Dr Konstantinos Stylianou is interviewed on net neutrality by Russian state news agency and the Institution for Engineering and Technology

As net neutrality continues to provoke a heated debate, the US Federal Communications Commission voted on December 14 to repeal the relevant rules, a move that was widely expected since last summer.

Dr Konstantinos Stylianou has researched and written on net neutrality, and maintains a moderate view on whether strict net neutrality rules are needed.

He shared his views with Sputnik News, Russia's state news agency, and the Institution of Engineering and Technology, the largest professional organisation of engineers in the world.

While the complete abolition of rules, as the FCC did, may allow broadband Internet providers to act against the interests of the market, the previous regime, which imposed strict inflexible obligations, was also not fit for the market. Konstantinos said that "discrimination and exclusionary practices are an inherent component  of the competitive process" and that "because of the very close scrutiny ISPs are under even absent net neutrality rules, and because of the very well-shaped expectations of consumers in terms of large variety and few limitations, the newly enabled offerings will be about expanding choice and features rather than restricting them”.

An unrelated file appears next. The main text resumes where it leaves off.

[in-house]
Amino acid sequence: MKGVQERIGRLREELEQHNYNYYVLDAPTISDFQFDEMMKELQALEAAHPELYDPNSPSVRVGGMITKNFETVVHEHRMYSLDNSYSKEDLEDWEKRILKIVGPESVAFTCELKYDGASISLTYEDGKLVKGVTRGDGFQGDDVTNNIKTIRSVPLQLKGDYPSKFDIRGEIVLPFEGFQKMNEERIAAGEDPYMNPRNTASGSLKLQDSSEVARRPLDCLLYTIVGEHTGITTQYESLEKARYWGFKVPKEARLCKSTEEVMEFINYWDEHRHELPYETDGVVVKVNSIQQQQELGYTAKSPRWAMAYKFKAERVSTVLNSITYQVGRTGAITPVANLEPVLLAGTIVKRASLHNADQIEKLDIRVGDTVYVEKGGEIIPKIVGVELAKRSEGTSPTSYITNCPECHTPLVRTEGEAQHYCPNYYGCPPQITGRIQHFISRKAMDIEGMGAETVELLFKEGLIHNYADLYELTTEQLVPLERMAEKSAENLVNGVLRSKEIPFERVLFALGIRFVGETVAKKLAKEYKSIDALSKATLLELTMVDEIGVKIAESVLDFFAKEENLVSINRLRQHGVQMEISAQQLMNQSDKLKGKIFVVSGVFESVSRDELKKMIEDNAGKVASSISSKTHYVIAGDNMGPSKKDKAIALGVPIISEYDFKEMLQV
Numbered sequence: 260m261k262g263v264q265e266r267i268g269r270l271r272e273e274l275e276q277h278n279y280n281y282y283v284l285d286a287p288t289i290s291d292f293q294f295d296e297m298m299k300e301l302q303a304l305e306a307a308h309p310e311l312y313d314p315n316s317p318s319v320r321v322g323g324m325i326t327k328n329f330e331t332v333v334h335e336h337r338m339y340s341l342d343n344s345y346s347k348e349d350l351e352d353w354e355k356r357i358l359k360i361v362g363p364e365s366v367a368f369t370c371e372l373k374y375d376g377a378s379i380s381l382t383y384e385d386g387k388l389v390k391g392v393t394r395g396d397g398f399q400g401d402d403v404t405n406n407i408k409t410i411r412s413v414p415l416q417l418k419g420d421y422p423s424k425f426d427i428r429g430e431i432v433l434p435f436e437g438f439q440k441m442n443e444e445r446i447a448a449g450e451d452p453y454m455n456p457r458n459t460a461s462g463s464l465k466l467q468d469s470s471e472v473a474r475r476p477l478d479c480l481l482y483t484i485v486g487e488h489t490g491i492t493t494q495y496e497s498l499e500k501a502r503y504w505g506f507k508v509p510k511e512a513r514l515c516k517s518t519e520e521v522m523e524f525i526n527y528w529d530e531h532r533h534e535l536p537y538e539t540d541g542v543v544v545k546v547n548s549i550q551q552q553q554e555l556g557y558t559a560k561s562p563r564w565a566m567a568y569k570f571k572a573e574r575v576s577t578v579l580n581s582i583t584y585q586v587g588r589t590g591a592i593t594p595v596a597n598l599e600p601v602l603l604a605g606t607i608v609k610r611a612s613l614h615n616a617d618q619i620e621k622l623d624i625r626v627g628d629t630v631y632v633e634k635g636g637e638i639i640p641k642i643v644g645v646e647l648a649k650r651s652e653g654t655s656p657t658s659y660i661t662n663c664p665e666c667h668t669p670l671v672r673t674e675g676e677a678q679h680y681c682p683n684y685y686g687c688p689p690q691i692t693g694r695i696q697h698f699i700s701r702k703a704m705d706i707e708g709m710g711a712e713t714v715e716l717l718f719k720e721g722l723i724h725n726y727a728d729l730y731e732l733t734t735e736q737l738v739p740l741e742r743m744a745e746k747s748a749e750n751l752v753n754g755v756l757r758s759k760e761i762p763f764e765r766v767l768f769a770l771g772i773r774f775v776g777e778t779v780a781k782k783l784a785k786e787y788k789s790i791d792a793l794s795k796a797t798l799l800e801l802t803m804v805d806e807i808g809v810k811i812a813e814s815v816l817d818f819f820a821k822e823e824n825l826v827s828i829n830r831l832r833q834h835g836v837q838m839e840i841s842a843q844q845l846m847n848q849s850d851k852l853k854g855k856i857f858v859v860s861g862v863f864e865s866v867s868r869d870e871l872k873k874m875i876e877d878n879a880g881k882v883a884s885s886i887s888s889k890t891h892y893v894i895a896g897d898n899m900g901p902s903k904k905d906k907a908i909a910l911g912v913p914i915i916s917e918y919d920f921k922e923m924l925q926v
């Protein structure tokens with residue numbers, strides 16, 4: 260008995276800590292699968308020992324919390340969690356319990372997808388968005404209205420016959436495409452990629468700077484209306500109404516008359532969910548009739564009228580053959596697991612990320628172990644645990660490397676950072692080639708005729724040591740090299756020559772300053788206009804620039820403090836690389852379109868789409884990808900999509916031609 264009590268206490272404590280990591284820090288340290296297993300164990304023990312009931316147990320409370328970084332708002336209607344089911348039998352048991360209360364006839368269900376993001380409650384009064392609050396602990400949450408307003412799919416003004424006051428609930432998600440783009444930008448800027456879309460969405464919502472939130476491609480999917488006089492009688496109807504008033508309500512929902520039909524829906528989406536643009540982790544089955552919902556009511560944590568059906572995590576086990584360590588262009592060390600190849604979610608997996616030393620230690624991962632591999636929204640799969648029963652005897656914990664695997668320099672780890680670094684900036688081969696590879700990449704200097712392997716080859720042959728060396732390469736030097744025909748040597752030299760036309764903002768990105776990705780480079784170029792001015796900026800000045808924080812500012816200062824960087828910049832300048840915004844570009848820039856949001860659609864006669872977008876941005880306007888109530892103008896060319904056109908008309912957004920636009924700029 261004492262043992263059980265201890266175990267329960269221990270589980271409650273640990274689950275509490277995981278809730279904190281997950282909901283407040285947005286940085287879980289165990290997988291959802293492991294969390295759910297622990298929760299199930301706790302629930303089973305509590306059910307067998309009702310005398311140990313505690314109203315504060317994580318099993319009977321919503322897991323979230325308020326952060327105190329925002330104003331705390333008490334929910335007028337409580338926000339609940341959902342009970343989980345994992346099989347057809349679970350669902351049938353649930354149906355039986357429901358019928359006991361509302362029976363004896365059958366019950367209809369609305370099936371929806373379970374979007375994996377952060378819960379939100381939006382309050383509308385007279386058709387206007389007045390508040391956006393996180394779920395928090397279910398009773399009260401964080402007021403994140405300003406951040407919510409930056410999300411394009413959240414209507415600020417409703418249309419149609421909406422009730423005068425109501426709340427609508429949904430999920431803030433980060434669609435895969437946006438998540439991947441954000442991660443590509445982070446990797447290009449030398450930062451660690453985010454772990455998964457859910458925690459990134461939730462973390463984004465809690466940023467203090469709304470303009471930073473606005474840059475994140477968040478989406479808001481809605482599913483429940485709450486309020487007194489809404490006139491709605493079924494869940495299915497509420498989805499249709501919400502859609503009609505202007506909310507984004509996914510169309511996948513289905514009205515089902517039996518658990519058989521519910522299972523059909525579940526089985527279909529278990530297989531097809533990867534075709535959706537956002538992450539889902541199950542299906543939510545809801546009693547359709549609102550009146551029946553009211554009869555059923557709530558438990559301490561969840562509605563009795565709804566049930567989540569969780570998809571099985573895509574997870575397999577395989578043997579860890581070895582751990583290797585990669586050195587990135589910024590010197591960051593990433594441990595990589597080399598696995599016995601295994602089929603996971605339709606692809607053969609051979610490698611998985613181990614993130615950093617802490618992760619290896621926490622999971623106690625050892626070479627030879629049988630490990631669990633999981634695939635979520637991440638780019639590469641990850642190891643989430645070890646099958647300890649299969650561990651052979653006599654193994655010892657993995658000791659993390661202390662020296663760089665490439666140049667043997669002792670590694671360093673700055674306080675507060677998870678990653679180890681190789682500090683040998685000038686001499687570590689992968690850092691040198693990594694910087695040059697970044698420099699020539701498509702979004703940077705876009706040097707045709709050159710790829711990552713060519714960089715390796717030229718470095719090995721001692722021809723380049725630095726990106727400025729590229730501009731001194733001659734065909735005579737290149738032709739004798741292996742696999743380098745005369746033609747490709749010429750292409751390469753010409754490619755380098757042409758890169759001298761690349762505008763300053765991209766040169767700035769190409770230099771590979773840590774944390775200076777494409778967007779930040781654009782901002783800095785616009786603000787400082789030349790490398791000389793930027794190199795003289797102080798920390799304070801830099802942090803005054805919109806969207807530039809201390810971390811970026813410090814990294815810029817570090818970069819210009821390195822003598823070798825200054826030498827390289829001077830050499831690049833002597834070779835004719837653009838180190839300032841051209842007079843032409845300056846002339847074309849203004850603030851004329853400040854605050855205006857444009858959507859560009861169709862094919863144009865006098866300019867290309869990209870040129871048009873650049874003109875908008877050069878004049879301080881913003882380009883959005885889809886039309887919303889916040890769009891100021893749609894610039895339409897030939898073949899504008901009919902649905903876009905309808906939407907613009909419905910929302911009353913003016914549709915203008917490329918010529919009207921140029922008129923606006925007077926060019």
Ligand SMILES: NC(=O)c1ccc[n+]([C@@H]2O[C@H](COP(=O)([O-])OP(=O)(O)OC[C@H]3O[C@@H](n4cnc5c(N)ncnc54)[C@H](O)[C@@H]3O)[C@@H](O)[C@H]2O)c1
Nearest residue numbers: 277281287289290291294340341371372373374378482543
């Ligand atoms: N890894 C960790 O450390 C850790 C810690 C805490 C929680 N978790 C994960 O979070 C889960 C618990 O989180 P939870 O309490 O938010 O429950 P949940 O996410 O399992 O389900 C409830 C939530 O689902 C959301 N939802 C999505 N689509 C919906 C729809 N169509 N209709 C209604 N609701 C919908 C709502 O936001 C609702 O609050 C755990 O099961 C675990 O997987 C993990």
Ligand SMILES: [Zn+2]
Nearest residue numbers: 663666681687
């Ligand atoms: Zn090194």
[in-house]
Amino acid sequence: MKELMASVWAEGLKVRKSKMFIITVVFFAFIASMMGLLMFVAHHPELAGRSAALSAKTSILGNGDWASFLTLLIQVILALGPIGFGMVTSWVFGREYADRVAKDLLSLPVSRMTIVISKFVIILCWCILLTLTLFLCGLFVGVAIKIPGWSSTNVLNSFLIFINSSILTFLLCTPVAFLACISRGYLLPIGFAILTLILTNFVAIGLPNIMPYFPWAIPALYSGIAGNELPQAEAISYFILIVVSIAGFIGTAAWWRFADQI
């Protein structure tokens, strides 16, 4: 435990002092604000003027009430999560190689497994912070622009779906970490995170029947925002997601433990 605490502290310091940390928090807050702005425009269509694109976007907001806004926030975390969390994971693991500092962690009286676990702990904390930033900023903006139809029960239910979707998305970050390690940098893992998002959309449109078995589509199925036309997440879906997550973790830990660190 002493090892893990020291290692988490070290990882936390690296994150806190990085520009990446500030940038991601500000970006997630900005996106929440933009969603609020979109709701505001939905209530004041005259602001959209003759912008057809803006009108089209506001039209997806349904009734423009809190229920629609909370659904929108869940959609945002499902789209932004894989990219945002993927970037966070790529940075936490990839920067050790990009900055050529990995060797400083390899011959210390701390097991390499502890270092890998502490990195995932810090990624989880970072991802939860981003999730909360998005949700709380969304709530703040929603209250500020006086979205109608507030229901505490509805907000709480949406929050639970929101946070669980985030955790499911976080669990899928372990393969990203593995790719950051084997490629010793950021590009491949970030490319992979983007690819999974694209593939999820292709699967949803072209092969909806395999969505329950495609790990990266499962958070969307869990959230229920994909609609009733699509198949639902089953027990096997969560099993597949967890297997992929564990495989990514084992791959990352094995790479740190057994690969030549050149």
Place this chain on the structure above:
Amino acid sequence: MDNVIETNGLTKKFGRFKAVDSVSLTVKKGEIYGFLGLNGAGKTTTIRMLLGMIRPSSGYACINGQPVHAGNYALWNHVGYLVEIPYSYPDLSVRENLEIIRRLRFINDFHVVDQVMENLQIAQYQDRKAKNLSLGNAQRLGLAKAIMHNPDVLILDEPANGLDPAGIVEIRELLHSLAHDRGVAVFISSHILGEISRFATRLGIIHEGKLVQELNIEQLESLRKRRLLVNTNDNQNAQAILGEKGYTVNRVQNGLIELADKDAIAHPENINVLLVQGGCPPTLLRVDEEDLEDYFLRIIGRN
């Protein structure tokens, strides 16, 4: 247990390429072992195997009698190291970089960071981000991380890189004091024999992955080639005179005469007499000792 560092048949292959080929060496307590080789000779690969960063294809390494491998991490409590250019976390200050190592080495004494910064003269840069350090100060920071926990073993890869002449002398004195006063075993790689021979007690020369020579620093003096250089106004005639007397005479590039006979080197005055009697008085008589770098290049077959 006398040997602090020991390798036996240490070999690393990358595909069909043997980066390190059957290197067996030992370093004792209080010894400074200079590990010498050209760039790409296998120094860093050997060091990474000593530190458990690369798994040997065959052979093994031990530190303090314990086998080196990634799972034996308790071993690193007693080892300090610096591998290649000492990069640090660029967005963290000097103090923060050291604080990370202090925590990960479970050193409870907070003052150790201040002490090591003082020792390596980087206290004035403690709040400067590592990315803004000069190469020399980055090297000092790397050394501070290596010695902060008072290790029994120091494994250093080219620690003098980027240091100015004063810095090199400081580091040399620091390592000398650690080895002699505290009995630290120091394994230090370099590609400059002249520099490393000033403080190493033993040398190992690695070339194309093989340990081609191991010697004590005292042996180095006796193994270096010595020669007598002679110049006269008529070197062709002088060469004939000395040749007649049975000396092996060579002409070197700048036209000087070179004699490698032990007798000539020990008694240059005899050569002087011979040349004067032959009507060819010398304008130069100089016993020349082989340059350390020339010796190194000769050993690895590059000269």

This will of course influence consumer behaviour, which may turn out to disfavour some services and apps, but this is the result of  consumers responding to choice, which is welcome. The more important question is: what will ISPs do with the extra revenue? If they use [it] to offer consumers even better deals or invest in infrastructure or new services then this is a great outcome for all. If  the additional revue becomes shareholder value, it’s not ideal. But this is an issue that goes well beyond net neutrality.”